Do you have Internet?
No, it doesn’t work.
Do you have wi-fi?
This also doesn’t work.
Dear Orange, What do you mean by the slogan “Internet Everywhere”? Because it doesn’t actually work. Anywhere. Ever. Not for a minute.
Is there a Thai, Indian, Chinese, German, Mexican, Japanese, or French restaurant in the area?
Your retail staff in Bilbao doesn’t know how your Internet service works. Or your cell phones. Could a shoe salesman have gotten into one of your retail stores? Your Internet-access interface says I can click to find out my balance. But it doesn’t work. It also says I can recharge on the Internet. But the link doesn’t work. When I find the right page on my own, the form doesn’t work. The error messages are alternately incorrect, nonsensical, or unhelpful. In other words, they don’t work. No one responds to my help requests. Does anyone, I wonder, at your company work?
Part 3: Sarria
The municipal albergue in Sarria was one of the least pleasant we’ve seen. (The taxi driver had dropped us off there; in the morning we walked past half a dozen visibly nicer albergues). Each floor’s beds were all bunked around a triangular, all-glass airshaft that enabled anyone trying to sleep to hear the noise and see the light of pilgrims on all the other floors. There was no Internet. The kitchen was tiny, and shared space with the washing machines. There was one outlet, in the hallway by the bathroom. Competition for it was fierce.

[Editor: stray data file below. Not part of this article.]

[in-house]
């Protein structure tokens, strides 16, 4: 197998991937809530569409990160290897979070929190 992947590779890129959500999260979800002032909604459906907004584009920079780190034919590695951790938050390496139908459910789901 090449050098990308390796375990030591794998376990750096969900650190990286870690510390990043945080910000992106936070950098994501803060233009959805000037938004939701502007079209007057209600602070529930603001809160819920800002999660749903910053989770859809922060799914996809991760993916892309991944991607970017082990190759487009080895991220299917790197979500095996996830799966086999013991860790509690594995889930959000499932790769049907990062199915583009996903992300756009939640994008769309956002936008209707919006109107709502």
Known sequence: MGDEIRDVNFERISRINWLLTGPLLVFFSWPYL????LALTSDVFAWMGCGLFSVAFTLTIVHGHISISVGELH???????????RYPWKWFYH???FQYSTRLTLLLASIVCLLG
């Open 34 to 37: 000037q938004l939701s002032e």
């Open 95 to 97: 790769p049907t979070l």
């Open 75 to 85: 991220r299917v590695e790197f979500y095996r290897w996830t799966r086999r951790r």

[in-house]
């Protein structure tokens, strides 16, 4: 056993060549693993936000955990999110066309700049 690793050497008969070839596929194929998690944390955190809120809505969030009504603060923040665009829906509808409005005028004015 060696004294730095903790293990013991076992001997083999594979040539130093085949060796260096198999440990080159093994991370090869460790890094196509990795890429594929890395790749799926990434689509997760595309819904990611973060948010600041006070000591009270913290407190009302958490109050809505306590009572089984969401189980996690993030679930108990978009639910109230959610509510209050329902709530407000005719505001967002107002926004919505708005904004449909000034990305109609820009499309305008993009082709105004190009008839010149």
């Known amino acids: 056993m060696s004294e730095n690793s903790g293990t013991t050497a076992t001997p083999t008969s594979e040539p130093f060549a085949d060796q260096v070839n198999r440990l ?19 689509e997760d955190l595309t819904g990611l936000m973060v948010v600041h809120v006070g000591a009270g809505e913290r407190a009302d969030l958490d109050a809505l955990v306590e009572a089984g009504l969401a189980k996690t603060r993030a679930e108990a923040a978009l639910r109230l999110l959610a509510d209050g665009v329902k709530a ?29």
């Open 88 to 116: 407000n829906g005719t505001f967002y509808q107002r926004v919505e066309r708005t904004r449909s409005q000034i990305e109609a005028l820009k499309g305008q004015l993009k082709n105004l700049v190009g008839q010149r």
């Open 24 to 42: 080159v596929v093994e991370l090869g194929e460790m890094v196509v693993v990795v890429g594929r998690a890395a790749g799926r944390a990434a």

In the albergues, I have seen a number of things I would rather not have seen, usually in the nature of older Europeans without sufficient cladding. In Sarria, as all the pilgrims on our floor quietly prepared for bed just before lights-out, a fiftyish Spanish couple arrived at their bunks, speaking loudly. The generously proportioned woman stripped to a shirt and her panties and lay on her stomach, and the man began to vigorously rub a cream of overpowering scent into the backs of her ample legs.